Reporting Mary Robb Jackson
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In a remote location, off Smoke Camp Road in Lewis County, W. Va., lives a “wise woman.”
Not only wise, but smart too, with degrees in agronomy and botany.
“I can vouch for this because I’ve been taking it for, well, 25 years,” Dot Montgillion said.
Montgillion, 82, contends that Poke Berries provide relief from arthritis.
“Now, if I stop taking Poke Berries, it comes back. It’s not a cure,” Montgillion said.
Decades ago, Montgillion and her husband Bob, 86, settled in West Virginia and turned her love of science as a girl and a “passion for digging in the dirt” into growing herbs for nutrition and medicine.
“And a lot of people were using weeds as home remedies, and I learned from them,” Montgillion said.
One thing she learned was to use Jewel Weed for poison ivy.
Another was a nutritional supplement for controlling blood glucose levels in diabetes.
“I put it in a formula along with turmeric and cinnamon,” Montgillion said.
Montgillion’s workshop is located in a 104-year-old cabin on the property where she whips up her jellies and Road Kill Jam made of apples, raspberries and black walnuts. She also makes her formulations and dries her herbs.
Montgillion said a woman with asthma drove from Morgantown in a snowstorm for a bag of her Mullein.
“It had done her more good than all the medicines she had taken over the years for asthma,” Montgillion said.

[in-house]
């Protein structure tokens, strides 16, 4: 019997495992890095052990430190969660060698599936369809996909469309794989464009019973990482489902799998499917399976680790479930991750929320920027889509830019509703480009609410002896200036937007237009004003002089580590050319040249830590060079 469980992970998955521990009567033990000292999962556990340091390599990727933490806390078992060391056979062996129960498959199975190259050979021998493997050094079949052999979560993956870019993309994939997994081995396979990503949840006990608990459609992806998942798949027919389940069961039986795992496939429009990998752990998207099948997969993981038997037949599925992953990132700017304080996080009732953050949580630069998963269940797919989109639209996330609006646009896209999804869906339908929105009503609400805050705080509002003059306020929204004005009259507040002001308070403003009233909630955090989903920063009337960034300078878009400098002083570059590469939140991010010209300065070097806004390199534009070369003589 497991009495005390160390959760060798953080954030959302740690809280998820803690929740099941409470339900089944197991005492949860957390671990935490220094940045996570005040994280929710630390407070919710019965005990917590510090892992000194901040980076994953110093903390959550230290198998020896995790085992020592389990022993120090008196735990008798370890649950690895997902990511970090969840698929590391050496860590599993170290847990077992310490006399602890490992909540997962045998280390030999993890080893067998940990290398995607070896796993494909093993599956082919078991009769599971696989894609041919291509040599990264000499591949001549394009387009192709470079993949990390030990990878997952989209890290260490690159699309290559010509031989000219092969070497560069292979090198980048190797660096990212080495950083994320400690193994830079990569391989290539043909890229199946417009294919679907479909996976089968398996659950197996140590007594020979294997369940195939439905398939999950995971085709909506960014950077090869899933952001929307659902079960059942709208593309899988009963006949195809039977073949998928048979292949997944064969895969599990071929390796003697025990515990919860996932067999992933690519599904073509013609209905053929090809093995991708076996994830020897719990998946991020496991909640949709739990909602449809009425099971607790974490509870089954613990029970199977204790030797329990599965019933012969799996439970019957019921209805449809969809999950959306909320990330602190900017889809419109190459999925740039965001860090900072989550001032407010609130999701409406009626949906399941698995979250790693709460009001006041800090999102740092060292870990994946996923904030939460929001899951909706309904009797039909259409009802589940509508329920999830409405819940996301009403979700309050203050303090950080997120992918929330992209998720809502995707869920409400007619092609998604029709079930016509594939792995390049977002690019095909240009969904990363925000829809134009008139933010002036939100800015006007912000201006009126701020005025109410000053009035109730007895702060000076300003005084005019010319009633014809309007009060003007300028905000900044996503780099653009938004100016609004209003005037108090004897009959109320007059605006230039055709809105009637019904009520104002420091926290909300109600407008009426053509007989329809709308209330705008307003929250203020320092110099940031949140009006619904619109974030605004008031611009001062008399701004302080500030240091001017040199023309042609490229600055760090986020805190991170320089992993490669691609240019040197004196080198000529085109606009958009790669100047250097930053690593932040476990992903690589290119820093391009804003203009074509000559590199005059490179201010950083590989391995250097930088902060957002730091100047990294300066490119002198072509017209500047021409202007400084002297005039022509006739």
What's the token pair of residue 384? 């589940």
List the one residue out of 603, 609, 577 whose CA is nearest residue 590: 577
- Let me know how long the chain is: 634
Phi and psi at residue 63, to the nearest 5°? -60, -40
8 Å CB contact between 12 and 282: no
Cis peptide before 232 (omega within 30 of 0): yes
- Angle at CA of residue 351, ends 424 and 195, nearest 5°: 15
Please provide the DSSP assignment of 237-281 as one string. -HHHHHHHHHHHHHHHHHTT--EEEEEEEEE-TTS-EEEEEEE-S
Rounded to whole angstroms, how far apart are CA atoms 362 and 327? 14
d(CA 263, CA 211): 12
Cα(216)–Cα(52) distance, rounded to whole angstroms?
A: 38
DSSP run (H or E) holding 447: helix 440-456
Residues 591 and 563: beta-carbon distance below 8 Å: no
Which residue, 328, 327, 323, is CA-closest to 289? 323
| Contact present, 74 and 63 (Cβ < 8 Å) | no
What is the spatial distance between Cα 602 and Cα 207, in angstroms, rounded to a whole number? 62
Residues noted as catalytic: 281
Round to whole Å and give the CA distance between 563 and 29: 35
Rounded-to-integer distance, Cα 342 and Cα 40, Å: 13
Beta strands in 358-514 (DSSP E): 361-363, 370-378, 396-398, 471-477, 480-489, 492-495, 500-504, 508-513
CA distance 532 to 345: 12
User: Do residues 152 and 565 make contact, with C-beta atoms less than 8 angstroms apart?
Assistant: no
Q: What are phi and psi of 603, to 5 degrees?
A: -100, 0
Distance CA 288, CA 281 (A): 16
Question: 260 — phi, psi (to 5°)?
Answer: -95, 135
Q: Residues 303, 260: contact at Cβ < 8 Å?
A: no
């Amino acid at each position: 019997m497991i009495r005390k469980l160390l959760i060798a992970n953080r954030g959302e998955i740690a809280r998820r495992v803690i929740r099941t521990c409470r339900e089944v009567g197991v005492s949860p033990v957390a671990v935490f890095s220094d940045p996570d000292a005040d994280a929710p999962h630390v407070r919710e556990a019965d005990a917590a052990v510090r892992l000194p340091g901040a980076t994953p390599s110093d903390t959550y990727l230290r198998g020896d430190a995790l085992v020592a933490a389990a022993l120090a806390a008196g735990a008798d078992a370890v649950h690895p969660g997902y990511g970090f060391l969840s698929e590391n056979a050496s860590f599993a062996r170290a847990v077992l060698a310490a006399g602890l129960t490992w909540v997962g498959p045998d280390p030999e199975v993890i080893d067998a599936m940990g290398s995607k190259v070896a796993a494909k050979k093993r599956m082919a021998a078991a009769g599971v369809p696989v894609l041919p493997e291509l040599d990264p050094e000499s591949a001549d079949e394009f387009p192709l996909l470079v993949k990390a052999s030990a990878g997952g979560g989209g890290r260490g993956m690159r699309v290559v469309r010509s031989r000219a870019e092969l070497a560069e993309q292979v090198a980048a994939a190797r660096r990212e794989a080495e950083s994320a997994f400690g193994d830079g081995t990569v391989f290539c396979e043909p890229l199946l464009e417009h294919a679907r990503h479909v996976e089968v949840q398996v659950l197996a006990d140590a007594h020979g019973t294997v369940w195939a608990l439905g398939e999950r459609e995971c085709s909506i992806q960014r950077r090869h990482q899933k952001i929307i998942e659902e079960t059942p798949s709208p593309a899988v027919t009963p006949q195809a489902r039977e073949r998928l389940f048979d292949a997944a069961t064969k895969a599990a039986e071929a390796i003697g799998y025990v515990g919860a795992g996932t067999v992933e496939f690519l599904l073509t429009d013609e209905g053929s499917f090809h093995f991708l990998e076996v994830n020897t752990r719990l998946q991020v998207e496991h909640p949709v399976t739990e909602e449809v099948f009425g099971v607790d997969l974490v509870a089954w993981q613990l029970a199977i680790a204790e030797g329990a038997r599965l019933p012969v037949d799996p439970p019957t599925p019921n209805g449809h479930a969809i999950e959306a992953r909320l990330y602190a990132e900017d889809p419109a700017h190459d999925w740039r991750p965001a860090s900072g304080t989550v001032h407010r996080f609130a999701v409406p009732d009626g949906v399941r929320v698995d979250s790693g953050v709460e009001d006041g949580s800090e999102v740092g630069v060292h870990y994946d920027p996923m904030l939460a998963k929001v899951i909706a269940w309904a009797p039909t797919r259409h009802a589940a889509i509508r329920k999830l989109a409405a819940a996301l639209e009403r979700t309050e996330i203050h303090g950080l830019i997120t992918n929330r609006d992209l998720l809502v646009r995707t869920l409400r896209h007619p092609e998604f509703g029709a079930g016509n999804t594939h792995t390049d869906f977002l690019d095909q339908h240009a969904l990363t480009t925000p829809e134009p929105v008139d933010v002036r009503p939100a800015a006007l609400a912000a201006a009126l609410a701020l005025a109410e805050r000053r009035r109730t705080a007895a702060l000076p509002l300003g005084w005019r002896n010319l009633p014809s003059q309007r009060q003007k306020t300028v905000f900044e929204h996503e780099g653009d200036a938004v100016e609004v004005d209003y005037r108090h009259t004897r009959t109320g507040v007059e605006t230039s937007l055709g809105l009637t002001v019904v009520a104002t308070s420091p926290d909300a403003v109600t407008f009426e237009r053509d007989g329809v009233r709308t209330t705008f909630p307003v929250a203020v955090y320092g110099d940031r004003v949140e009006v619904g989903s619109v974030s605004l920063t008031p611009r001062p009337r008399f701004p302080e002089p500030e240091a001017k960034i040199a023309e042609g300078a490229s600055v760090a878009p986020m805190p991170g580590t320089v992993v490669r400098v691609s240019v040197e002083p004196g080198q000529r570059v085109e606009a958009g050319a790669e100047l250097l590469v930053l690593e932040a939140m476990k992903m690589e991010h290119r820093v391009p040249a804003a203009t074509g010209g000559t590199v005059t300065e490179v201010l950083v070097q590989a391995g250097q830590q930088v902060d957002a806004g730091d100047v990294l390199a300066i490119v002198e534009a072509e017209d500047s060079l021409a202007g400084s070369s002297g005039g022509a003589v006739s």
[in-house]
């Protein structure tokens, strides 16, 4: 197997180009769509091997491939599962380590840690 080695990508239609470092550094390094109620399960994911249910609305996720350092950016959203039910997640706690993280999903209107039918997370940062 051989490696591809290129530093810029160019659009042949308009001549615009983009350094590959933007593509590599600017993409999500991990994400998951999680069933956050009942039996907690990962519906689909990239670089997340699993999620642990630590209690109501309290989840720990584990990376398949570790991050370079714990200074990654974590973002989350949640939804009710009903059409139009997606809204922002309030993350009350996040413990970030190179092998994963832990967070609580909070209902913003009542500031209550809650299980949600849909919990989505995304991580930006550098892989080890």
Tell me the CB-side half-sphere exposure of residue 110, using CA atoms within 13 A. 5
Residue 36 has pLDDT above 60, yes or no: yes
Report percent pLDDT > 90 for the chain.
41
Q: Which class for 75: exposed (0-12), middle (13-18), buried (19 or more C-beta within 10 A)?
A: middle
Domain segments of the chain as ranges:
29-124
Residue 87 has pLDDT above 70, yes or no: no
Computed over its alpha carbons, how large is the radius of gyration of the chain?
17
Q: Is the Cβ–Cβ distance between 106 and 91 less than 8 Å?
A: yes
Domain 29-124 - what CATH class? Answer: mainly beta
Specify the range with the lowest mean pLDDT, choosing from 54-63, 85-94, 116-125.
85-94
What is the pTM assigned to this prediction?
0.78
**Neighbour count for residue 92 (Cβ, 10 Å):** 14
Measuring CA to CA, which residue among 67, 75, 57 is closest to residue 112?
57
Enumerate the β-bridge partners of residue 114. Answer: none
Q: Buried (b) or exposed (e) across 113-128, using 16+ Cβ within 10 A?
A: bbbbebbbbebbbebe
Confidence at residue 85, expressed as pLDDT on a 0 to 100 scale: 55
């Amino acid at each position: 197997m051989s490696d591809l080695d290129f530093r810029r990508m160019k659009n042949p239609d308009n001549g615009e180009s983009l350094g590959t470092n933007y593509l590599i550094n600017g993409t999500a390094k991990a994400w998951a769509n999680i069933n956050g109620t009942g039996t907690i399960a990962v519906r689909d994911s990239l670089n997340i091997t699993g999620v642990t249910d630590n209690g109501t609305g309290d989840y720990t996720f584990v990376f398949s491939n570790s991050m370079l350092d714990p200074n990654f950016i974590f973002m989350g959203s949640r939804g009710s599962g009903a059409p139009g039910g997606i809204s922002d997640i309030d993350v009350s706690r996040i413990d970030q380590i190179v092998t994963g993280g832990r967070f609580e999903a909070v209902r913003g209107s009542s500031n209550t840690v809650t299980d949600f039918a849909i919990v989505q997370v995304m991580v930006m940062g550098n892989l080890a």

She admits that her successes are anecdotal and not based in research. However, she said more nurses and doctors are now getting in touch with herbal associations.
“I don’t know if they want to know the enemy or what it is,” Montgillion said.
“I certainly have a lot of respect for people who have devoted their lives and studies to this,” Dr. Ronald Glick said.
Dr. Glick is the medical director of UPMC’s Center for Integrative Medicine in Shadyside where herbs and supplements are being recommended.
“The research has really caught up to show that Omega-3 fatty acids are helpful for a lot of conditions,” Dr. Glick said.
One use is to prevent heart disease as a benefit for blood pressure and lipids.
About every five years, Dr. Glick sees a shift as research becomes available.
Co-enzyme Q-10 is showing promise in making the heart pump better, boosting the immune system and for Parkinson’s Disease.
The National Institutes of Health are finding that butterbur may be a real blessing for easing migraine headaches.
“And the preliminary research shows that it’s as helpful, or possibly more helpful than some of the migraine medicines,” Dr. Glick said.
However, before trying anything in spite of the promise these herbs and supplements may hold, both Montgillion and Dr. Glick said that health history and other homework must be factored in.